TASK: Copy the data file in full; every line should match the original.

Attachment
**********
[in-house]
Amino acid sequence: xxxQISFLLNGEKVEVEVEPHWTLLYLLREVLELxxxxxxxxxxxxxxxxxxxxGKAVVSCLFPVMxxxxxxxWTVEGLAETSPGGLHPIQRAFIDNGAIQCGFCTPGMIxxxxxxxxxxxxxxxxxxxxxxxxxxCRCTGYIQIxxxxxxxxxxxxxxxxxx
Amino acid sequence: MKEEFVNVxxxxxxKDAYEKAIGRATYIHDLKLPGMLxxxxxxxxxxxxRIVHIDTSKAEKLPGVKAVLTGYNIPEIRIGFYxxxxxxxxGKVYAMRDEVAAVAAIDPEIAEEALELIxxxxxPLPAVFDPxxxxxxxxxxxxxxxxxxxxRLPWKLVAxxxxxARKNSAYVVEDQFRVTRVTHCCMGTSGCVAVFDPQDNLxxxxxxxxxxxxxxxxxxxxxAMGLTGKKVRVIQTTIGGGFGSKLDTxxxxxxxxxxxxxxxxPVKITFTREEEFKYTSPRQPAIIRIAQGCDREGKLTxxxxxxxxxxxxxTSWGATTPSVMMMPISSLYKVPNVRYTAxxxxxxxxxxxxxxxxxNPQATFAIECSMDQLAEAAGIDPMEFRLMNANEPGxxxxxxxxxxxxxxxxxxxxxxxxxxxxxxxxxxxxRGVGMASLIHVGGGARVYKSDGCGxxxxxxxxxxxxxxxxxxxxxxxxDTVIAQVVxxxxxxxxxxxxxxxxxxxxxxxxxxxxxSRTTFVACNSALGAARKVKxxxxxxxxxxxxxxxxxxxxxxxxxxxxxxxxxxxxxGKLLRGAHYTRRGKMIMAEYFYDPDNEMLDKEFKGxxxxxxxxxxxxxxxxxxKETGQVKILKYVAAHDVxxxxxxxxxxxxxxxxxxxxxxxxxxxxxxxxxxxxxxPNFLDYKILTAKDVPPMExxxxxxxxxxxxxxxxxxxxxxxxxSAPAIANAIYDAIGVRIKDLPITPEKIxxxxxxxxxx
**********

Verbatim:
[in-house]
Amino acid sequence: xxxQISFLLNGEKVEVEVEPHWTLLYLLREVLELxxxxxxxxxxxxxxxxxxxxGKAVVSCLFPVMxxxxxxxWTVEGLAETSPGGLHPIQRAFIDNGAIQCGFCTPGMIxxxxxxxxxxxxxxxxxxxxxxxxxxCRCTGYIQIxxxxxxxxxxxxxxxxxx
Amino acid sequence: MKEEFVNVxxxxxxKDAYEKAIGRATYIHDLKLPGMLxxxxxxxxxxxxRIVHIDTSKAEKLPGVKAVLTGYNIPEIRIGFYxxxxxxxxGKVYAMRDEVAAVAAIDPEIAEEALELIxxxxxPLPAVFDPxxxxxxxxxxxxxxxxxxxxRLPWKLVAxxxxxARKNSAYVVEDQFRVTRVTHCCMGTSGCVAVFDPQDNLxxxxxxxxxxxxxxxxxxxxxAMGLTGKKVRVIQTTIGGGFGSKLDTxxxxxxxxxxxxxxxxPVKITFTREEEFKYTSPRQPAIIRIAQGCDREGKLTxxxxxxxxxxxxxTSWGATTPSVMMMPISSLYKVPNVRYTAxxxxxxxxxxxxxxxxxNPQATFAIECSMDQLAEAAGIDPMEFRLMNANEPGxxxxxxxxxxxxxxxxxxxxxxxxxxxxxxxxxxxxRGVGMASLIHVGGGARVYKSDGCGxxxxxxxxxxxxxxxxxxxxxxxxDTVIAQVVxxxxxxxxxxxxxxxxxxxxxxxxxxxxxSRTTFVACNSALGAARKVKxxxxxxxxxxxxxxxxxxxxxxxxxxxxxxxxxxxxxGKLLRGAHYTRRGKMIMAEYFYDPDNEMLDKEFKGxxxxxxxxxxxxxxxxxxKETGQVKILKYVAAHDVxxxxxxxxxxxxxxxxxxxxxxxxxxxxxxxxxxxxxxPNFLDYKILTAKDVPPMExxxxxxxxxxxxxxxxxxxxxxxxxSAPAIANAIYDAIGVRIKDLPITPEKIxxxxxxxxxx